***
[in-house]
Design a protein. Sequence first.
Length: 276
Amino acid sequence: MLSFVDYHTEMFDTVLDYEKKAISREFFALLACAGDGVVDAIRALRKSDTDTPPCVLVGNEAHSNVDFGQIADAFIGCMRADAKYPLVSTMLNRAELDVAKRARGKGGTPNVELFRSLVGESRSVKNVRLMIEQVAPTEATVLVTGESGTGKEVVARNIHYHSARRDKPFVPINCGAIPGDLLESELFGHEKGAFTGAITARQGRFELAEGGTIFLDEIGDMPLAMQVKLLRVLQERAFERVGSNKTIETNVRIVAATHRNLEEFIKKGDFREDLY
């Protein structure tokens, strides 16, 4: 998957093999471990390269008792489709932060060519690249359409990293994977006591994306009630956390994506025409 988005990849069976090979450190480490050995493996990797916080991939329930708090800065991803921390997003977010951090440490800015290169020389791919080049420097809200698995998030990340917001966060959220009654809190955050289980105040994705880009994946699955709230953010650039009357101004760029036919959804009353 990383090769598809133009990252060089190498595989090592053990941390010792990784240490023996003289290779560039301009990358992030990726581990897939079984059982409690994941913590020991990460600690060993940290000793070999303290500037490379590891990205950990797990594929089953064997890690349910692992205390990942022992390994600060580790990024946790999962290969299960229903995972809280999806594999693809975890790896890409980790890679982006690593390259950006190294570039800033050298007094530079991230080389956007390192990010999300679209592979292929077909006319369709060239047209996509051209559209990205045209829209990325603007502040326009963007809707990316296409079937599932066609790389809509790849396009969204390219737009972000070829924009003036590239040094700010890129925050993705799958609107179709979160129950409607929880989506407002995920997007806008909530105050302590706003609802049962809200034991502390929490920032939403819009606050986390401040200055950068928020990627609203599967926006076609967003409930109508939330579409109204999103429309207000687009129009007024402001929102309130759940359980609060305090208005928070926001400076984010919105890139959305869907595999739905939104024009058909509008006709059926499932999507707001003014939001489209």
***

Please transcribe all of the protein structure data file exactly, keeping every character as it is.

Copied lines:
[in-house]
Design a protein. Sequence first.
Length: 276
Amino acid sequence: MLSFVDYHTEMFDTVLDYEKKAISREFFALLACAGDGVVDAIRALRKSDTDTPPCVLVGNEAHSNVDFGQIADAFIGCMRADAKYPLVSTMLNRAELDVAKRARGKGGTPNVELFRSLVGESRSVKNVRLMIEQVAPTEATVLVTGESGTGKEVVARNIHYHSARRDKPFVPINCGAIPGDLLESELFGHEKGAFTGAITARQGRFELAEGGTIFLDEIGDMPLAMQVKLLRVLQERAFERVGSNKTIETNVRIVAATHRNLEEFIKKGDFREDLY
């Protein structure tokens, strides 16, 4: 998957093999471990390269008792489709932060060519690249359409990293994977006591994306009630956390994506025409 988005990849069976090979450190480490050995493996990797916080991939329930708090800065991803921390997003977010951090440490800015290169020389791919080049420097809200698995998030990340917001966060959220009654809190955050289980105040994705880009994946699955709230953010650039009357101004760029036919959804009353 990383090769598809133009990252060089190498595989090592053990941390010792990784240490023996003289290779560039301009990358992030990726581990897939079984059982409690994941913590020991990460600690060993940290000793070999303290500037490379590891990205950990797990594929089953064997890690349910692992205390990942022992390994600060580790990024946790999962290969299960229903995972809280999806594999693809975890790896890409980790890679982006690593390259950006190294570039800033050298007094530079991230080389956007390192990010999300679209592979292929077909006319369709060239047209996509051209559209990205045209829209990325603007502040326009963007809707990316296409079937599932066609790389809509790849396009969204390219737009972000070829924009003036590239040094700010890129925050993705799958609107179709979160129950409607929880989506407002995920997007806008909530105050302590706003609802049962809200034991502390929490920032939403819009606050986390401040200055950068928020990627609203599967926006076609967003409930109508939330579409109204999103429309207000687009129009007024402001929102309130759940359980609060305090208005928070926001400076984010919105890139959305869907595999739905939104024009058909509008006709059926499932999507707001003014939001489209």